There is an emerging trend that takes a page directly out of the virus’ strategy of exposure.  That trend is known as Open Data/Open Development, Open Source Development, Biz Dev 2.0 or, as I call it: Viral Development or Viral Dev.

Viral Development and Biz Dev 2.0

The trend of decentralized, disaggregated development is what Flickr co-founder, Caterina Fake calls “Biz Dev 2.0”.  I first heard the term Biz Dev 2.0 after speaking with leading API strategy thought leader, Kin Lane, Author of The Business of APIs and the self-proclaimed “API Evangelist”.  After a successful career working for some of the world’s top tech firms, Lane spent the last two years passionately promoting the explosion of Biz Dev 2.0 enabled by the adoption of Application Program Interfaces through his API Evangelist website, and the API Strategy conference.

Viral Development—describes the innovation strategy of development and management of applications by providing the global community of software developers access to your company’s valuable data to through what’s call Application Program Interfaces—or APIs.  APIs provide a gateway to a company’s valuable data that enable software developers to identify, define, develop, market, maintain and service valuable, innovative applications based on the data the company’s APIs provide.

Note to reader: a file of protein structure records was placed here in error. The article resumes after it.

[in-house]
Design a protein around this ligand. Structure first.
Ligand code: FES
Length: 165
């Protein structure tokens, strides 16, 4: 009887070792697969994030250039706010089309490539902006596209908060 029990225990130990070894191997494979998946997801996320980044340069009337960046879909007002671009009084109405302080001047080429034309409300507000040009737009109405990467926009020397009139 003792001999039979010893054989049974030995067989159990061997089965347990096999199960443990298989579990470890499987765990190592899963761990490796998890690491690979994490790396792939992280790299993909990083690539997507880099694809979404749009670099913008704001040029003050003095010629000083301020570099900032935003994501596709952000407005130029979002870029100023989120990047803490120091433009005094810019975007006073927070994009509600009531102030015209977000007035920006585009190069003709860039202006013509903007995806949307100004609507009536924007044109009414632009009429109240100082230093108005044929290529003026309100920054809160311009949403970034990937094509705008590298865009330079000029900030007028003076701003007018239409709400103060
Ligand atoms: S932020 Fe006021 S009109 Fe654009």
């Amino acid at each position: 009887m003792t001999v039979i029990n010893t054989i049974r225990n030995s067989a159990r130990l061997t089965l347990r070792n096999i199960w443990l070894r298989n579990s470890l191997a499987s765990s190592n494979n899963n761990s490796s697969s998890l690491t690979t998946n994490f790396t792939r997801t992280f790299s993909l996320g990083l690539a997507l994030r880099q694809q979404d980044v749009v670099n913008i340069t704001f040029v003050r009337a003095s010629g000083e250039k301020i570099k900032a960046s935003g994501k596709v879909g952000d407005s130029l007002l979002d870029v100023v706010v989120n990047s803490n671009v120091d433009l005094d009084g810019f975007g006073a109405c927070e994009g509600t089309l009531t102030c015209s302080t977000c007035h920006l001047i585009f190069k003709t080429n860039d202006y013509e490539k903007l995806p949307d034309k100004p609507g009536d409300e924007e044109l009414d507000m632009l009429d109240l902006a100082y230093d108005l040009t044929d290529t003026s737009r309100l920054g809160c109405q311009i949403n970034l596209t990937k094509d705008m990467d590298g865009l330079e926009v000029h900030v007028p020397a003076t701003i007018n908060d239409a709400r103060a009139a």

The key words here are valuable data.  Data (or information) can come in many different forms such as videos (YouTube), photos (Instagram), an engaged audience (Facebook, Twitter), maps (Google), bank account information (Bank of America), payment processing capabilities (PayPal), scheduling – e.g., the ability to make reservations at a restaurant (OpenTable.com), accounting (QuickBooks), news stories from around the country (NPR) or package-tracking information (USPS, FedEx)?  If your company has access to any valuable data, chances are that a hoard of developers would love to get their hands on those data and create truly innovative solutions around them.

What is an API?

So, what is an API?  If you are a typical application end-user staring at a nicely designed webpage or application, you will never see an API.  An API is simply a bit of code embedded in an application’s source code.  Though the functionality an API provides can be significant the API itself is just bits of back-end code like this:

It's just code.

It’s really just code.

If you clicked on the YouTube video earlier of Mr. Law…you used an API; if you checked Facebook on your smartphone…you used an API; if you checked you bank statement today…you used an API.  Other applications like Pulse or Flip Board that consolidate news from multiple sources into a single platform for your viewing pleasure, all generated using those news sources APIs.

In short, APIs are code that act as a gateway to communicate data from one application to another allowing them to “speak” to one another.  It is like the old footage we’ve all seen of the switchboard operators:  The operator gets a call from…say…Mark Zuckerburg saying, “I want to speak with Ben Burgess.” The operator says, “Please Hold” then connects the wire from Mark’s phone to Ben’s phone allowing Mark to ask Ben for his invaluable advice.